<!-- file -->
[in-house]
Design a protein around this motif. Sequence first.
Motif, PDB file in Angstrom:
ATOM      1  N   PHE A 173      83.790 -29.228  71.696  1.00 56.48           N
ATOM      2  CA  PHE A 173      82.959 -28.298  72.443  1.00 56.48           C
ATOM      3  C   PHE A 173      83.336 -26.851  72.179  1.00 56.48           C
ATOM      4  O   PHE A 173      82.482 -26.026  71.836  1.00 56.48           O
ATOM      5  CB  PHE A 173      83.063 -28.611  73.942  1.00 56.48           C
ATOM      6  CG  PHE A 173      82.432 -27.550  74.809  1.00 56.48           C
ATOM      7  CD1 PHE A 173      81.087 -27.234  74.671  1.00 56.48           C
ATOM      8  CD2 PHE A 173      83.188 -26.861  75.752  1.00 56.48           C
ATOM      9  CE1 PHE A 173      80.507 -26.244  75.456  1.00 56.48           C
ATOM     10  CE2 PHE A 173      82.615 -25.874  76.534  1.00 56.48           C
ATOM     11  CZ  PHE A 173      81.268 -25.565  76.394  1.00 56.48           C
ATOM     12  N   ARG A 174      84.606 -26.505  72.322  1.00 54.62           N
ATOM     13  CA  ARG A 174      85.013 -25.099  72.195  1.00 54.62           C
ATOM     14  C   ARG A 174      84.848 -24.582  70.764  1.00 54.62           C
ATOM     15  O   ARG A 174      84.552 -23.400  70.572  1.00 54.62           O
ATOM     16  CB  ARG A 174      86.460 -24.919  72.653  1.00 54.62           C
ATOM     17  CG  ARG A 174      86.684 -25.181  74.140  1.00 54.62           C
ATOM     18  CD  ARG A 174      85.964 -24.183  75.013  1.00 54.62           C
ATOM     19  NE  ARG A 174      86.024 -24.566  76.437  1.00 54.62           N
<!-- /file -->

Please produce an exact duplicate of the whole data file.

[in-house]
Design a protein around this motif. Sequence first.
Motif, PDB file in Angstrom:
ATOM      1  N   PHE A 173      83.790 -29.228  71.696  1.00 56.48           N
ATOM      2  CA  PHE A 173      82.959 -28.298  72.443  1.00 56.48           C
ATOM      3  C   PHE A 173      83.336 -26.851  72.179  1.00 56.48           C
ATOM      4  O   PHE A 173      82.482 -26.026  71.836  1.00 56.48           O
ATOM      5  CB  PHE A 173      83.063 -28.611  73.942  1.00 56.48           C
ATOM      6  CG  PHE A 173      82.432 -27.550  74.809  1.00 56.48           C
ATOM      7  CD1 PHE A 173      81.087 -27.234  74.671  1.00 56.48           C
ATOM      8  CD2 PHE A 173      83.188 -26.861  75.752  1.00 56.48           C
ATOM      9  CE1 PHE A 173      80.507 -26.244  75.456  1.00 56.48           C
ATOM     10  CE2 PHE A 173      82.615 -25.874  76.534  1.00 56.48           C
ATOM     11  CZ  PHE A 173      81.268 -25.565  76.394  1.00 56.48           C
ATOM     12  N   ARG A 174      84.606 -26.505  72.322  1.00 54.62           N
ATOM     13  CA  ARG A 174      85.013 -25.099  72.195  1.00 54.62           C
ATOM     14  C   ARG A 174      84.848 -24.582  70.764  1.00 54.62           C
ATOM     15  O   ARG A 174      84.552 -23.400  70.572  1.00 54.62           O
ATOM     16  CB  ARG A 174      86.460 -24.919  72.653  1.00 54.62           C
ATOM     17  CG  ARG A 174      86.684 -25.181  74.140  1.00 54.62           C
ATOM     18  CD  ARG A 174      85.964 -24.183  75.013  1.00 54.62           C
ATOM     19  NE  ARG A 174      86.024 -24.566  76.437  1.00 54.62           N